While i am standing in a bus that is accelerating an inertial force is acting on me in the direction opposite of acceleration (I understand that). But, what is the magnitude of that force.I thought it ...
0
votes
0answers
20 views

Can I model objects as point masses when calculating rotational inertia? [duplicate]

I have an aircraft. On it are weapons. Weapons have masses and centers of masses. The larger aircraft system has a center of mass. I wish to calculate the cumulative rotational inertia of only the ...
0
votes
0answers
41 views

Why a polyhedron with 3 different moments of inertia is stable when rotating on 2 of these and unstable on the other? [duplicate]

I have an object in which the main (principal?) moments of inertia are different one from another, in a way where $I_3>I_2>I_1$ which would be the case of a book, for example. If we have this ...
2
votes
1answer
111 views

Sciama's paper, On the origin of inertia

In his paper "On the origin of inertia", Sciama identifies $\frac{\Phi + \phi}{c^2} = -\frac{1}{G}$ This identity has confused me because I wonder how the right hand side arises since $\frac{\phi}{c^...
0
votes
1answer
140 views

Is the inertia of light equal to the inertia of mass under $E=mc^2$?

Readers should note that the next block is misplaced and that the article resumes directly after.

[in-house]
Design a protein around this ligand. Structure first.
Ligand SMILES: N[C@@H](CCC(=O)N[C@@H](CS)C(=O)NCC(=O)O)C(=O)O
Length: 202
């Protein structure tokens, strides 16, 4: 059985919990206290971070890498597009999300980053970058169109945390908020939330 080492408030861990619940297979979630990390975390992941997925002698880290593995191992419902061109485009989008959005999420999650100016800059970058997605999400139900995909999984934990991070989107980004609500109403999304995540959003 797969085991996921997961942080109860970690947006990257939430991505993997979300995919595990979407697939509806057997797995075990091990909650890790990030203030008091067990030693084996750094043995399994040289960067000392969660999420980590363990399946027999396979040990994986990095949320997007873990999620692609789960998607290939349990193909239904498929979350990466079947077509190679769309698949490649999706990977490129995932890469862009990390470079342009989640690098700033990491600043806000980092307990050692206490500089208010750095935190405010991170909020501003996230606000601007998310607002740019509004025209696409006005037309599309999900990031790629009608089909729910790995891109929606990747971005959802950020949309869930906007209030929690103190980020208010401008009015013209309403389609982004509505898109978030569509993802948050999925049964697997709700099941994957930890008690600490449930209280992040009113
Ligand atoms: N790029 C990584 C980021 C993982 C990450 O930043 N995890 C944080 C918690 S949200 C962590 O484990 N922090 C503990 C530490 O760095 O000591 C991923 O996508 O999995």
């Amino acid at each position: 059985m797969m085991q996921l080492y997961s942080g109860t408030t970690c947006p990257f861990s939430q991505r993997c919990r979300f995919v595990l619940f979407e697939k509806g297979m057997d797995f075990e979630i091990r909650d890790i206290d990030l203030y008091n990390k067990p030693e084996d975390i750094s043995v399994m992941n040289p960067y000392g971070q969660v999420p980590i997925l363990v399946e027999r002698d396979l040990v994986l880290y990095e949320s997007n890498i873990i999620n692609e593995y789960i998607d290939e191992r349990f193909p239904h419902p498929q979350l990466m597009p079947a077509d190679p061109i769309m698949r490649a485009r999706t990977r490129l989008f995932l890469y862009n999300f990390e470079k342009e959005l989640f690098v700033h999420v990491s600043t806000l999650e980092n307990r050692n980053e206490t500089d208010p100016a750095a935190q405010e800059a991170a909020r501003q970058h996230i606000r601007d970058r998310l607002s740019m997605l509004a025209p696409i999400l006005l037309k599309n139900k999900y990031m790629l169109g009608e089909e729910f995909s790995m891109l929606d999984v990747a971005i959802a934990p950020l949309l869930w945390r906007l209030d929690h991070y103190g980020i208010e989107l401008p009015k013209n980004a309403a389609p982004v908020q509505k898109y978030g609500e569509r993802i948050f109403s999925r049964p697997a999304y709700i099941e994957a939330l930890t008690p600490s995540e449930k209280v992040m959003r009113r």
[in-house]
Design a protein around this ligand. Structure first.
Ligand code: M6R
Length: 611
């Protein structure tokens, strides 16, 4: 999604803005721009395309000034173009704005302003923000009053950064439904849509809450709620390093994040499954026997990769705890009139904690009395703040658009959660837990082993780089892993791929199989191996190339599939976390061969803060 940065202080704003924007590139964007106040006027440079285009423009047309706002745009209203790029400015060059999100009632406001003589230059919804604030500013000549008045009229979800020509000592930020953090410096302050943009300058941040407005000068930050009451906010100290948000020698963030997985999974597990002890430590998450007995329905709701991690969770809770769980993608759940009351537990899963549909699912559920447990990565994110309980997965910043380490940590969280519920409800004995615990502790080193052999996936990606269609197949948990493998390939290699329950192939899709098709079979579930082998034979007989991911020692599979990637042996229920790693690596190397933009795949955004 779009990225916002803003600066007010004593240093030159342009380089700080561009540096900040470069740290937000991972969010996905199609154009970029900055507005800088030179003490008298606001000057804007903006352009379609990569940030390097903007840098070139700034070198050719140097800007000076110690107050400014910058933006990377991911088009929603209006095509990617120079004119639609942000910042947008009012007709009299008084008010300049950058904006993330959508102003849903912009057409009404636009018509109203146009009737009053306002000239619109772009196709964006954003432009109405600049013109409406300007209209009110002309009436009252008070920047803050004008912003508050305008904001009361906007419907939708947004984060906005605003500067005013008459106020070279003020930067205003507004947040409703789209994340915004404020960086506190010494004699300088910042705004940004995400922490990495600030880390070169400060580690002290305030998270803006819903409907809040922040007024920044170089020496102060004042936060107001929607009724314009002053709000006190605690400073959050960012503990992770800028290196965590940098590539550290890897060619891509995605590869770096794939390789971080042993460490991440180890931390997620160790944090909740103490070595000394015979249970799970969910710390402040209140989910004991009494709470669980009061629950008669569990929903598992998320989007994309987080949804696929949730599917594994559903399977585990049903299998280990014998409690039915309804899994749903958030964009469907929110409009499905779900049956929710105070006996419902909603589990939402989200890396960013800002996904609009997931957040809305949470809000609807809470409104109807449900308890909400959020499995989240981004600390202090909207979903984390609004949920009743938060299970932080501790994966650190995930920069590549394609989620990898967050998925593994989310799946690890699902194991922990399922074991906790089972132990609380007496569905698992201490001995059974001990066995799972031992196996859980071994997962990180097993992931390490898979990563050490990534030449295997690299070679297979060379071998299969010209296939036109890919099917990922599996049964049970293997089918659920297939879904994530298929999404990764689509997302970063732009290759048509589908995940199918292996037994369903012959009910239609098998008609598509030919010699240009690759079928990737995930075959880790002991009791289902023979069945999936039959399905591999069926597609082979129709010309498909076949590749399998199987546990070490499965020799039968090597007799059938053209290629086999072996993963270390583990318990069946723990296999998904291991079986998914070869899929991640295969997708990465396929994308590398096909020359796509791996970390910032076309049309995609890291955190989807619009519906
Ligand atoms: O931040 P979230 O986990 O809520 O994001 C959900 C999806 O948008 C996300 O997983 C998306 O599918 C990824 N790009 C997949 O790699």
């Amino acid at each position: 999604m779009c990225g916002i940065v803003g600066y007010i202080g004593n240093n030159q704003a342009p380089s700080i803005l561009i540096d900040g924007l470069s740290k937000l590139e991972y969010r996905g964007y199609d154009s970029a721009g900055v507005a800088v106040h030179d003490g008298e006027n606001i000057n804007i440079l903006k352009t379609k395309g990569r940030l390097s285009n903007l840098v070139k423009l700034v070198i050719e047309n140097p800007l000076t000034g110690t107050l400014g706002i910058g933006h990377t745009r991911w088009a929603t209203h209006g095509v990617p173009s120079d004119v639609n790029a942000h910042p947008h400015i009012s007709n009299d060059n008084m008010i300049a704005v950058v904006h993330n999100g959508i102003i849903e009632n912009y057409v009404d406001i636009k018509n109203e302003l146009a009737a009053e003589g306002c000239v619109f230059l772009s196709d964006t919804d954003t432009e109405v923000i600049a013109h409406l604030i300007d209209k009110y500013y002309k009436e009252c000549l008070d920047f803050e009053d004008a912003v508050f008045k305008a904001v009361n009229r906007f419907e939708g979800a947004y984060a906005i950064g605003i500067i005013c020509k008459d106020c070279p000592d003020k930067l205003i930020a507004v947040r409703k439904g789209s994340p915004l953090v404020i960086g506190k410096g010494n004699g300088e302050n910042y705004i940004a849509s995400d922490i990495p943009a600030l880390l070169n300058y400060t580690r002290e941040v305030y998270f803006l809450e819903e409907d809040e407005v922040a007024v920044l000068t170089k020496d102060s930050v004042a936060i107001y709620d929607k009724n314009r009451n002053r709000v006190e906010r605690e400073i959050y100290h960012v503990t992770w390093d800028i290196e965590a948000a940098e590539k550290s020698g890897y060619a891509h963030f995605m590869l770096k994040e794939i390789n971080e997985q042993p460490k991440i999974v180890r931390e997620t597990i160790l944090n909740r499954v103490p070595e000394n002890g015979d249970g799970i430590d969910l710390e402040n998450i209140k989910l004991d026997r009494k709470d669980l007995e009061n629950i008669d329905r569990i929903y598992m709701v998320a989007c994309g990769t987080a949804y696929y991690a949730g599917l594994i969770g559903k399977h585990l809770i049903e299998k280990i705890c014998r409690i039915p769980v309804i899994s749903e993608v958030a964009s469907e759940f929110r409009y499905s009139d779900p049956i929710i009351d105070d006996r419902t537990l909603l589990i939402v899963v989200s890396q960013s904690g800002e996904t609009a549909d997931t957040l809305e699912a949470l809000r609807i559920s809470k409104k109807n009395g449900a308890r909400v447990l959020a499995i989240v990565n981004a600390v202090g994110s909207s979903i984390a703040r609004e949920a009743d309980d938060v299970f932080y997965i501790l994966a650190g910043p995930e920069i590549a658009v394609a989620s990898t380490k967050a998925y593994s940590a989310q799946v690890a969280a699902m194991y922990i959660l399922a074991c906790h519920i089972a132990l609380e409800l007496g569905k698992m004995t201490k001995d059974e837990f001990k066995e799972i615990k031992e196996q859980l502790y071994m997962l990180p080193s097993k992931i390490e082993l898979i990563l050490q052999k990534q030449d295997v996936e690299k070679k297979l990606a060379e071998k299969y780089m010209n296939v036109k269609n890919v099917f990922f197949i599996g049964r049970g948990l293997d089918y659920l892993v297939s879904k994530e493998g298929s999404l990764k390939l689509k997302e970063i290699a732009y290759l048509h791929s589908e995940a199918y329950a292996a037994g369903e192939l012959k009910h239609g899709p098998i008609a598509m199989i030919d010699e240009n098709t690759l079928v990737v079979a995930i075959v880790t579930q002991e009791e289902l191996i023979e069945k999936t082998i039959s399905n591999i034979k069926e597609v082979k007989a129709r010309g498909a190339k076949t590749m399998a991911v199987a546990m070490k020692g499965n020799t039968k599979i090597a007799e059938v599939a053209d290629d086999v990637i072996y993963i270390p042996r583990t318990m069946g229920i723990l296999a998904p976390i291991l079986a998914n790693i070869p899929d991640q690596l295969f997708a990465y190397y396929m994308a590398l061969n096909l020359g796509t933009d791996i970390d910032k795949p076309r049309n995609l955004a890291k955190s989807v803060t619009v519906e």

Under $E=mc^2$, 1kg of matter has $9\times 10^{10}$ joules of energy. So, if I had just the light shining from $9\times 10^8 $ 100 Watt light bulbs inside a perfectly reflective box, would that light ...
7
votes
4answers
2k views

What is the relationship between gravity and inertia?

What is the relationship between Gravity and Inertia? Einstein told us that gravity and inertia are identical. And from the fact that two different masses fall at the same rate, I believe we can say ...
0
votes
0answers
68 views

Physical significance of symmetric matrices and the inertia tensor

This is probably obvious, but I can't figure out why the inertia tensor (and many other tensors with some physical meaning, such as the conductivity tensor) are symmetric. Furthermore, what is the ...
0
votes
0answers
45 views

Stability of an object hanging on rotating string

I have read a statement that an on object hanging on a rotating string (like a ceiling fan), is stable against precession if moments of inertia on two perpendicular horizontal axes of the object are ...